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    Recent Developments in the Design of Sealant Joints for Movement and Other Effects

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    Often, thermal movement and other performance factors are inadequately considered in the design of sealant joints. Performance factors that affect sealant joint design are described, including: thermal movement; moisture movement; live and dead loads; creep, elastic frame shortening, and shrinkage of concrete structures; and material, fabrication, and erection tolerances. Three calculation examples will be described for joints in new construction that accommodate movement: (1) an expansion joint in a masonry wall, (2) a joint between different building systems, and (3) a floor line expansion joint for a multi-story curtain wall and two examples for joints in remedial work: (4) a fillet (triangular) joint between a curtain wall and masonry wall and (5) a bridge joint for a precast concrete panel system..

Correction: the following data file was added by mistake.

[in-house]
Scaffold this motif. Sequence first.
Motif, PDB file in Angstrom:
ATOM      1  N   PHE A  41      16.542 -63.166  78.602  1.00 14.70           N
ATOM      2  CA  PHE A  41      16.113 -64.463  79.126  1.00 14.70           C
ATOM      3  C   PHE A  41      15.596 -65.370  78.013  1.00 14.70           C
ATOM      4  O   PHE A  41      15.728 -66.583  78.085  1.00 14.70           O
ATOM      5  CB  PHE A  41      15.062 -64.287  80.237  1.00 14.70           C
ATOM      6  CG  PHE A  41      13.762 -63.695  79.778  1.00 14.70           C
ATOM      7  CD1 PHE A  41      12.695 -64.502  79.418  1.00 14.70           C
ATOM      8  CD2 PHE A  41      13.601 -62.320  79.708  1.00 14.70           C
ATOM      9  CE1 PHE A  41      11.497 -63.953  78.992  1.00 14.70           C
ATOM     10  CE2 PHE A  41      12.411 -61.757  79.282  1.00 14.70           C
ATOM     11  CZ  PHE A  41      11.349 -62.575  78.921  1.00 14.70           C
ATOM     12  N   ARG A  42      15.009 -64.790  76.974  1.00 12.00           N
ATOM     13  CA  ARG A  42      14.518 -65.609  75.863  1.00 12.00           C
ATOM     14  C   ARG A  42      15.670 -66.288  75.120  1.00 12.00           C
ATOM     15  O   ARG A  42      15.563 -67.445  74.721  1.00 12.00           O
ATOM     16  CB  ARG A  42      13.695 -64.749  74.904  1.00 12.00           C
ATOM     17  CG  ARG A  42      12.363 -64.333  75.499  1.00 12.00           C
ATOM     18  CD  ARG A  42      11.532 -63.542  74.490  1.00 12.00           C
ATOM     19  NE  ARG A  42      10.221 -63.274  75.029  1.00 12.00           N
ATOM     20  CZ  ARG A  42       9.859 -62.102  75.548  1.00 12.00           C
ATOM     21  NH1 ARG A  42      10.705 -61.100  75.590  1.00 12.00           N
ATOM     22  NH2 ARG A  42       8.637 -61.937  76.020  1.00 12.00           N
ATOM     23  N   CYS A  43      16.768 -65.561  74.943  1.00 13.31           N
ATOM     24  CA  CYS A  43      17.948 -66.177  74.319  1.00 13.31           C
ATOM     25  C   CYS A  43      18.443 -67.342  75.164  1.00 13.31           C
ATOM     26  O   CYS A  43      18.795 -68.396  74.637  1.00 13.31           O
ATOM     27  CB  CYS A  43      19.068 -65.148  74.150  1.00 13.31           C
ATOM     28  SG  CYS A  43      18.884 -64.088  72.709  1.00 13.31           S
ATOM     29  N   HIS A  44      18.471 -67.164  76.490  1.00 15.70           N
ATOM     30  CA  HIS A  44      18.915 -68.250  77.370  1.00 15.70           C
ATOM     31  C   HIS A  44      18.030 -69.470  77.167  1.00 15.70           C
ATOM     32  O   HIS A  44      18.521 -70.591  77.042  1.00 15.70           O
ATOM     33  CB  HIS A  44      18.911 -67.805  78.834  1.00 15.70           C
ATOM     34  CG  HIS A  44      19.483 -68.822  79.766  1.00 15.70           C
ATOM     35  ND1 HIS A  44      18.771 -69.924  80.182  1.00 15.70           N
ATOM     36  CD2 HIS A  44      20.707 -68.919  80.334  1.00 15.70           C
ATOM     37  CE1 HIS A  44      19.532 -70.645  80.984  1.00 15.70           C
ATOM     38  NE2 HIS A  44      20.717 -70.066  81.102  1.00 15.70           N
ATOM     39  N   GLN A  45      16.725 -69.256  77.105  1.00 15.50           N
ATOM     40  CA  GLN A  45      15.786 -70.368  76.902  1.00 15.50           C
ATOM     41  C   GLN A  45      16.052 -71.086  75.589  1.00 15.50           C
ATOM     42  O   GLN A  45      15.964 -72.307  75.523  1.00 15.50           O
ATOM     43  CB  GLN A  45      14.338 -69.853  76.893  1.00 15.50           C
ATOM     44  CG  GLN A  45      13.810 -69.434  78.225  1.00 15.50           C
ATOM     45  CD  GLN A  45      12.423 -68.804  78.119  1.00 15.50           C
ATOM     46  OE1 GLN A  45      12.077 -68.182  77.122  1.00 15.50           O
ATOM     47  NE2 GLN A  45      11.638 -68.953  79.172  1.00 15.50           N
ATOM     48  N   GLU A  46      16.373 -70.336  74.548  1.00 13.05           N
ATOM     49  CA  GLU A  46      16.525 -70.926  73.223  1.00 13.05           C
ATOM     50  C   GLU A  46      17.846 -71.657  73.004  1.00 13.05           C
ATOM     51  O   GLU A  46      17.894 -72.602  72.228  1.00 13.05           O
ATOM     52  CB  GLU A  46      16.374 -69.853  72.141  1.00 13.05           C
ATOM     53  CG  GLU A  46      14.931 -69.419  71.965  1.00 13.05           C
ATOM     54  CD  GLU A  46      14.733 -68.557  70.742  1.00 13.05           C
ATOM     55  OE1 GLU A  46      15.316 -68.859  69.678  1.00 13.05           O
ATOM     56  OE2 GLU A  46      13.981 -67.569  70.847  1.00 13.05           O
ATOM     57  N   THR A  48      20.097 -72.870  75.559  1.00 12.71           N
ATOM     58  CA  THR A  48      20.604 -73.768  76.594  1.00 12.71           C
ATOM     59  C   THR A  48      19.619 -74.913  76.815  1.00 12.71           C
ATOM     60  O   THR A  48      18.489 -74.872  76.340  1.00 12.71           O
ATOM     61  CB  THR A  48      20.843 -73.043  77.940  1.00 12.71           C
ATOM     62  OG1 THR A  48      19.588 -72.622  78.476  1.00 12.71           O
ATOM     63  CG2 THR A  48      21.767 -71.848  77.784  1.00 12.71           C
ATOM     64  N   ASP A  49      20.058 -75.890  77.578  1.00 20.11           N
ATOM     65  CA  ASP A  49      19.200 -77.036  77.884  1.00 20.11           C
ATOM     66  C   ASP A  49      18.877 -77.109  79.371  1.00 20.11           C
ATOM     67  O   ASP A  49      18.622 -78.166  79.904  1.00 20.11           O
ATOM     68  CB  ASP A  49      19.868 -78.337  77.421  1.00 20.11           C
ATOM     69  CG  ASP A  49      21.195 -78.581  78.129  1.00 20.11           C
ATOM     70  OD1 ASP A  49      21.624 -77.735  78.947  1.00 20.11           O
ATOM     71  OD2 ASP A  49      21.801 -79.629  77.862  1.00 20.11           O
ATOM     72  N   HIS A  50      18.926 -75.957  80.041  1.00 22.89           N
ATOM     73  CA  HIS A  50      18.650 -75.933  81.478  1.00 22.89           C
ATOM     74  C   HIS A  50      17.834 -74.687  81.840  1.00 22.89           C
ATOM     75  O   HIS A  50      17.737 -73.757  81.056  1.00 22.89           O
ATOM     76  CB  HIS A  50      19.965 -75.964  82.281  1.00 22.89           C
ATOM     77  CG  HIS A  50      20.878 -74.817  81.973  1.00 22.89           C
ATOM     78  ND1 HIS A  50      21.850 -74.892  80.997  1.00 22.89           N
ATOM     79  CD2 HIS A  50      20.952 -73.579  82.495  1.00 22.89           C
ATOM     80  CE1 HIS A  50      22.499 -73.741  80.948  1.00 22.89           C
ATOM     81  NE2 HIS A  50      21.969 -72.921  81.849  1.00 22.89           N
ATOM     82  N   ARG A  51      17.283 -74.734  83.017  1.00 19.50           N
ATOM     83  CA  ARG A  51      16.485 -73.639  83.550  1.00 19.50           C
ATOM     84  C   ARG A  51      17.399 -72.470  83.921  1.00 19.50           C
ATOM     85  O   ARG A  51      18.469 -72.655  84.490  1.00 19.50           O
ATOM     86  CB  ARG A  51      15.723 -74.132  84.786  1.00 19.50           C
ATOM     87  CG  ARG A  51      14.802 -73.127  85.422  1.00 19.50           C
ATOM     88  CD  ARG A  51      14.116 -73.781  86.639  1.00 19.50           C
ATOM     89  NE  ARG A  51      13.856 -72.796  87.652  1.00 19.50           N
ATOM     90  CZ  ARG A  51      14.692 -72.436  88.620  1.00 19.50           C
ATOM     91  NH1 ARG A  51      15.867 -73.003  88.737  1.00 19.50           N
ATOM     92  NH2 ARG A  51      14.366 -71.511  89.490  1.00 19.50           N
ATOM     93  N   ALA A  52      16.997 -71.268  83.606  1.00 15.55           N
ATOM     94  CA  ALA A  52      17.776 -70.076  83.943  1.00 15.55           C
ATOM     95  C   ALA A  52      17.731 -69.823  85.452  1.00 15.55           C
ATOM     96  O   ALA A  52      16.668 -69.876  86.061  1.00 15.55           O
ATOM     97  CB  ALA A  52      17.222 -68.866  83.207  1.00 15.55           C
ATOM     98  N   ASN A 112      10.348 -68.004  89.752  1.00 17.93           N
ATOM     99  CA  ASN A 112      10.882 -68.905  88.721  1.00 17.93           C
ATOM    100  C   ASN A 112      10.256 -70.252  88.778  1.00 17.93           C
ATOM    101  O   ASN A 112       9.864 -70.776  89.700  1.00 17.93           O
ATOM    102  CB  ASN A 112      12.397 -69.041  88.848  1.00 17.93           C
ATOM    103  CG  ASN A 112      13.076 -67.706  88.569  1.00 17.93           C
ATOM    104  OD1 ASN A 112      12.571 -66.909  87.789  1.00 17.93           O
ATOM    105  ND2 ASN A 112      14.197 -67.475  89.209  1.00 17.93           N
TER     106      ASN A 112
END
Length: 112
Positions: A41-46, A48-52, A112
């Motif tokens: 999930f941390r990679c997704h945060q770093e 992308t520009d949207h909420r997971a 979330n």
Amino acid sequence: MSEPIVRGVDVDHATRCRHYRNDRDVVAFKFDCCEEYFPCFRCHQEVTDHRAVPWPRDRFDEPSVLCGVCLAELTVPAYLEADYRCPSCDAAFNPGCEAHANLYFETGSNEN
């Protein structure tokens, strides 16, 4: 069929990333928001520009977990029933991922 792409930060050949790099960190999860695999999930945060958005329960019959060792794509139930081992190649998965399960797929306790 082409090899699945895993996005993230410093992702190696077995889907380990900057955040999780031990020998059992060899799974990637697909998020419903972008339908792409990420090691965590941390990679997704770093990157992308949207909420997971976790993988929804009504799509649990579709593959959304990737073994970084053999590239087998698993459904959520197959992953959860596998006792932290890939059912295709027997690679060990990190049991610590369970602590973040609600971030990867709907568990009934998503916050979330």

bridge joint, butt joint, construction tolerance, expansion joint, fillet joint, moisture movement, performance factor, sealant joint design, thermal movement

    Author Information:

    O'Connor, TF
    Vice President and Director of Building Technology, Smith, Hinchman & Grylls Associates, Inc., Detroit, MI

    Committee/Subcommittee: C24.01

    DOI: 10.1520/STP16047S